Though it has been in existence for about 50 years and is well known in the watch and electronics industries, Renata is not as well recognized in the hearing aid battery market. “Renata has kept a fairly low profile [in the hearing aid market] until now,” van Baerle says. To build brand confidence, the company includes its Swatch affiliation and the Swiss cross—the symbol of Swiss quality—on all of its packaging.
While Maratone batteries are “competitively” priced, they are not the lowest cost battery available. But this is not something that will inherently limit the market for the battery. “Many people are willing to pay more for better performance,” Kessler says, adding that, in this case, the payoff for the dispenser is crucial: a lower hearing aid return rate. In some cases, a hearing instrument will be returned not because it does not work properly, but because the battery is unreliable, Kessler says.
To motivate dispensers to give the Renata Maratone a try, Kessler says that the data from the tests performed by Renata and the independent laboratory are shared with the dispensers.
Building a Relationship
The battery is marketed to dispensers in a number of ways, including advertising, trade shows, and working with other hearing instrument suppliers and manufacturers. The Internet is another way that Sy Kessler Sales and its partners get their hearing aid batteries to dispensers. “Renata batteries are available on the Internet, on multiple sites,” Kessler says. “Some of our strongest distribution partners are hearing health care Web-focused. The Internet represents tremendous potential for us, because we know that when given a chance, customers will try our products, and if they like our performance, they can be very loyal.”
But, Kessler says, the most effective marketing is plain old-fashioned relationship building.
While the data, for the most part, speaks for itself, Kessler acknowledges that numbers are not enough. The way Sy Kessler’s sales and support staff treat the dispensers is another key motivating factor for carrying batteries such as the Renata Maratone. Kessler likens the relationship to a familial one. “After dispensers start to work with us, they come to depend on us, and the relationships become like a family. Many times when a dispenser calls us, we’ll recognize them by their voice,” he says.
Though North American-focused, Sy Kessler Sales also has the benefit of being a small, focused company that employs about 30. Sy Kessler sells its hearing aid batteries primarily through an inside sales team and through its distribution network, but also with independent sales representatives.
This approach means that Sy Kessler builds relationships one at a time, and reflects Renata’s approach to the market as well. “For Renata, first comes the capacity or life of the battery, but then—on a worldwide basis—we focus on the customer. The customer is the most important factor for us,” van Baerle says. The Renata sales force is as international as its market, with its sales representatives often able to speak to customers in their native languages to facilitate problem-solving.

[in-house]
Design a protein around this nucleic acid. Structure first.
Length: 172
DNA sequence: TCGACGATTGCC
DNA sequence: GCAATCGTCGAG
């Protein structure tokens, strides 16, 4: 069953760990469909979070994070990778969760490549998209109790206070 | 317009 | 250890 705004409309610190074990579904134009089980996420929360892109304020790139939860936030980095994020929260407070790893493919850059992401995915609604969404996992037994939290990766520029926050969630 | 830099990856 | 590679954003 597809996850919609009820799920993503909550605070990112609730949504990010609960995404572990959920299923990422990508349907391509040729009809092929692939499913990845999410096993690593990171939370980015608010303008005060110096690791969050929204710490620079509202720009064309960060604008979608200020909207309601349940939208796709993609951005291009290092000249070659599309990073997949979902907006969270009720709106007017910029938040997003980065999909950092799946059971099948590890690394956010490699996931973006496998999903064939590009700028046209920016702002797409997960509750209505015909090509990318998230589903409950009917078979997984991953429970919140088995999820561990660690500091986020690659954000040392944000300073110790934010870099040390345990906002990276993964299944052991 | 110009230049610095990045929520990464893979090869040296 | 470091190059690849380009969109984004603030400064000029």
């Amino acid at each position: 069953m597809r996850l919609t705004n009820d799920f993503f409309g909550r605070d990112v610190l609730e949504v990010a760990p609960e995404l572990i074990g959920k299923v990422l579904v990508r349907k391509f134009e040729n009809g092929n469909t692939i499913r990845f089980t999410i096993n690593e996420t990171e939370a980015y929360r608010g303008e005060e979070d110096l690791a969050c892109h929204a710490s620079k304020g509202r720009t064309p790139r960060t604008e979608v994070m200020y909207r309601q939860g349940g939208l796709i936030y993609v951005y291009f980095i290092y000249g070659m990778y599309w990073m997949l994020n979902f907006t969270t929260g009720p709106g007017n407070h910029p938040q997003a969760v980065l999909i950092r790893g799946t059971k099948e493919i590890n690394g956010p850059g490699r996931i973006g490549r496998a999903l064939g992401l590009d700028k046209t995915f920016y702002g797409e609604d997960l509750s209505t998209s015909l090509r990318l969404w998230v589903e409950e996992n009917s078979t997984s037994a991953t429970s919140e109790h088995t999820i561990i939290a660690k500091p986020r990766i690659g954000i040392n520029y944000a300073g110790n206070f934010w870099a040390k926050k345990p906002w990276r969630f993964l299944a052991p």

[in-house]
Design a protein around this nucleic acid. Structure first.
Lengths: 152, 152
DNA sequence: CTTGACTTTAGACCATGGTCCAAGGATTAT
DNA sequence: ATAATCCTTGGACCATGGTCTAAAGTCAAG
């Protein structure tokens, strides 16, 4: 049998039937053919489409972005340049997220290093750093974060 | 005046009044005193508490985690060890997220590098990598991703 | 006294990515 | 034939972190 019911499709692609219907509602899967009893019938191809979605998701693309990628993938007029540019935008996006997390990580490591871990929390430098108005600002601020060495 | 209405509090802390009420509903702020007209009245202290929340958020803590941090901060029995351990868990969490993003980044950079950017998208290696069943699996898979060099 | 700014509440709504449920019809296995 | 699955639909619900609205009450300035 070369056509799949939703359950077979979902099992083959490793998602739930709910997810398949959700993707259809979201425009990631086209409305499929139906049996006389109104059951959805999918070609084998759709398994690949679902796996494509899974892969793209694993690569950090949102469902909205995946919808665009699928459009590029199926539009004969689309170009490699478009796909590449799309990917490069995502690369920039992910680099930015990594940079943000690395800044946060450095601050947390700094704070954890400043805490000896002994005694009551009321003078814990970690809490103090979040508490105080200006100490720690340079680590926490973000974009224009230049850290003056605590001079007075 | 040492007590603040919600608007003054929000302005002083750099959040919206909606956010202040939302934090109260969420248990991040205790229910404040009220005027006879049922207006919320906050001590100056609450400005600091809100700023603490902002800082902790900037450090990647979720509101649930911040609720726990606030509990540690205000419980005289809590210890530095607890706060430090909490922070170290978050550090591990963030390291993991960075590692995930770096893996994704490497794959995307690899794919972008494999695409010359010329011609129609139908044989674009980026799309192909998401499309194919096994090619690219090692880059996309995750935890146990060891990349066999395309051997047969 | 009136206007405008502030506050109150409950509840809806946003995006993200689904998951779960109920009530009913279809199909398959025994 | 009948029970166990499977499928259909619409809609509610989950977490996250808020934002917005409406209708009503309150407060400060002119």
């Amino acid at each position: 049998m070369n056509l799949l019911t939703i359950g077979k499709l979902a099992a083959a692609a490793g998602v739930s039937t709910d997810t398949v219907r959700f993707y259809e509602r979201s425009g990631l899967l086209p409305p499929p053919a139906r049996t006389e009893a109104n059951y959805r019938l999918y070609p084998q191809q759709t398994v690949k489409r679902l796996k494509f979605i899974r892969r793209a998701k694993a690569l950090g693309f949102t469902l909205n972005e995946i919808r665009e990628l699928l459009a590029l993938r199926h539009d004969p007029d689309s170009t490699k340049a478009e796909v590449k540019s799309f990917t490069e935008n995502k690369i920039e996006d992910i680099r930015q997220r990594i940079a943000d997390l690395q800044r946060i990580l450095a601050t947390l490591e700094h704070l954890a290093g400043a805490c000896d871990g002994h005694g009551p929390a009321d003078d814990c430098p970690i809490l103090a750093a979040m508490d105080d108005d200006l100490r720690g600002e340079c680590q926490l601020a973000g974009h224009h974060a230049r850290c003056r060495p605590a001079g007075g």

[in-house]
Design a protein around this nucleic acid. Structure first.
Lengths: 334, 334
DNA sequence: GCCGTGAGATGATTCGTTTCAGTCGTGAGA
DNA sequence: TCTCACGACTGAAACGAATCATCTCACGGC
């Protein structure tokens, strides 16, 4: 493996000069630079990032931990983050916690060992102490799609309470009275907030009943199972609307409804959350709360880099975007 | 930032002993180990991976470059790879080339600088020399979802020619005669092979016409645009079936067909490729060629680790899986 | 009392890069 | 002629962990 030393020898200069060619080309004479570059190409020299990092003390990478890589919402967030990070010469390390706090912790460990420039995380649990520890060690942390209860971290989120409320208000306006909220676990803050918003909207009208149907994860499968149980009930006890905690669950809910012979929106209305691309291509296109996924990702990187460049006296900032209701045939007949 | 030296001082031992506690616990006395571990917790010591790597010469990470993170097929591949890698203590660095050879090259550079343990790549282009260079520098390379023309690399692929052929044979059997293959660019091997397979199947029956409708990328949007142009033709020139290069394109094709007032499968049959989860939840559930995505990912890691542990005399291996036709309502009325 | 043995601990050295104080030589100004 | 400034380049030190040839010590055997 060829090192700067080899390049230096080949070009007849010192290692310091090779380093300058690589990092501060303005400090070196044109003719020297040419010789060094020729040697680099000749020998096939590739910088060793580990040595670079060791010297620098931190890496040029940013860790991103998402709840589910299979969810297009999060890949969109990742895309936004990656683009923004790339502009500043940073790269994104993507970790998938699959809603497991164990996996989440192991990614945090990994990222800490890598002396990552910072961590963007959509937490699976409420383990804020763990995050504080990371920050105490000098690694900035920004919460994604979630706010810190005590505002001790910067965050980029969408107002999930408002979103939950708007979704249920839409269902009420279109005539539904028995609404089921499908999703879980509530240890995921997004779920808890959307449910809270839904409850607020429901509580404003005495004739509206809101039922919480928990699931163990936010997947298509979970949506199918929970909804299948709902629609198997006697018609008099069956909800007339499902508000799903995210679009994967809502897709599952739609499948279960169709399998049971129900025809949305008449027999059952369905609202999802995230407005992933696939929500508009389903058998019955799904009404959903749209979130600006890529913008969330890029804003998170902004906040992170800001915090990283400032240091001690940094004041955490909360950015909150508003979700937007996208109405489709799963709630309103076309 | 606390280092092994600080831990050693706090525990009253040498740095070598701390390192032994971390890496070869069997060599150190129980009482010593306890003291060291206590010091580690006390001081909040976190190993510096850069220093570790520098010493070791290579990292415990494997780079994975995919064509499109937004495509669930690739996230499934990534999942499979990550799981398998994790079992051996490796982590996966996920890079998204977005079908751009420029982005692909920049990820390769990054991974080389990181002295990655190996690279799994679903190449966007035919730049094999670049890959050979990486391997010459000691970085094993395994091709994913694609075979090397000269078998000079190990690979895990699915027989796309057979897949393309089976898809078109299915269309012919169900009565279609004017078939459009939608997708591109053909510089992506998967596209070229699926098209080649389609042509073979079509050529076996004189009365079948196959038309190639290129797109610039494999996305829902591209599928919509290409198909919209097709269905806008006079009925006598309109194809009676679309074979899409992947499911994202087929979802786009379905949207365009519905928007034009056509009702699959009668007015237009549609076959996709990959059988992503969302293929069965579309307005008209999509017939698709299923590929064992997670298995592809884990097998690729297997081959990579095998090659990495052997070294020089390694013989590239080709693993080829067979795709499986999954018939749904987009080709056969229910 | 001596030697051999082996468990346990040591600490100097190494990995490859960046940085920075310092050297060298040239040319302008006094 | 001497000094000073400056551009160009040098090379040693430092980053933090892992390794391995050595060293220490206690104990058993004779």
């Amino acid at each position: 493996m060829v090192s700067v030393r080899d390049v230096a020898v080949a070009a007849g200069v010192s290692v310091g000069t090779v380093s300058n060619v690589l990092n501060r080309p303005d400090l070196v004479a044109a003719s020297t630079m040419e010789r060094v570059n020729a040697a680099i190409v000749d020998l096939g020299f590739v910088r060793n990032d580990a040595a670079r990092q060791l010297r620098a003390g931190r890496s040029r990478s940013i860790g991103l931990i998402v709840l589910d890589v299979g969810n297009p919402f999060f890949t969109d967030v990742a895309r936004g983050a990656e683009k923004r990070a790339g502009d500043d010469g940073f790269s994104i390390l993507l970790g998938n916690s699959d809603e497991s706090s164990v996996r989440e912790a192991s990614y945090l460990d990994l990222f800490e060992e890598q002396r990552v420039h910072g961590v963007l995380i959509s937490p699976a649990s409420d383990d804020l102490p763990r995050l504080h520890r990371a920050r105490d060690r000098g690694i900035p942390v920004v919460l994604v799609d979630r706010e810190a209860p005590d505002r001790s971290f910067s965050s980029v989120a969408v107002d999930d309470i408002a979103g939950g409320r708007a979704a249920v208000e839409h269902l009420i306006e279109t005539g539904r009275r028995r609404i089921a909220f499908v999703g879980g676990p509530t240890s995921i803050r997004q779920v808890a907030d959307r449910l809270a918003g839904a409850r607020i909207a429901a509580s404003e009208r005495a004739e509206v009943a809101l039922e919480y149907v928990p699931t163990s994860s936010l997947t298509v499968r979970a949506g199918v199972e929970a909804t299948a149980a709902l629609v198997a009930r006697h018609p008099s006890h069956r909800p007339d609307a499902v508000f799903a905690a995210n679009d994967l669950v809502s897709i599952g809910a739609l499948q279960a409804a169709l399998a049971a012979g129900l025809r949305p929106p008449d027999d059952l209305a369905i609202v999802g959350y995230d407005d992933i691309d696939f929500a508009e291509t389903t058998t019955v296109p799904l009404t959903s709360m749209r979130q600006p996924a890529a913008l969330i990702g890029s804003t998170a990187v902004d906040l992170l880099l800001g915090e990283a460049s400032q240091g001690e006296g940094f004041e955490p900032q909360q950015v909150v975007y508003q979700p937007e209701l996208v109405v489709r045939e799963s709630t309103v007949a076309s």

One of the benefits that Sy Kessler Sales offers its customers is customized packaging of the Renata Maratone. This consists of adding full color labels to the packaging with the dispenser’s name and contact information. This helps the dispenser with his or her own branding goals. “Since the Renata Maratone is not available in supermarkets or at the big discount chains and it’s so new, it’s like the dispensers have their own private brand,” Kessler says.
Sy Kessler Sales also provides its Renata Maratone dispensers with six-pin, full-color marketing displays in the shape of an ear. The displays include informational brochures for new Maratone end users.
Relationship building is not just left to Sy Kessler Sales, nor is it aimed solely at dispensers. Van Baerle says Renata is actively building relationships with manufacturers as well. These relationships are important in Renata’s ability to deliver not only high performance, but batteries that fit well inside the hearing aids. Though all hearing aid batteries look the same to the naked eye, under magnification there are differences in their shape, which can affect their ability to fit inside a hearing instrument. “Shape is a critical issue,” van Baerle says. “That’s why we’re working with faceplate manufacturers [to make sure Renata’s batteries fit inside the hearing instruments].”
This one-on-one relationship-building approach by Renata and Sy Kessler Sales reflects both companies’ commitment to the future of the hearing aid market.
Future of the Market
For van Baerle, the most important thing for the future is to work with hearing aid manufacturers, developing dialog about technical issues related to future and present developments.
The majority of the millions of batteries Sy Kessler Sales distributes every month are for watches and other products. While hearing aid batteries are a small part of its sales menu, Kessler believes that this segment of the company’s market will change. “Hearing aid batteries represent huge growth potential,” he says.
With the aging Baby Boomer generation and the increasing interest in hearing health, Kessler is optimistic about the future of Maratone batteries and the industry as a whole. “I’m one of those who believes in the huge growth potential of the industry,” he says. N
C.A. Wolski is a contributing writer for Hearing Products Report.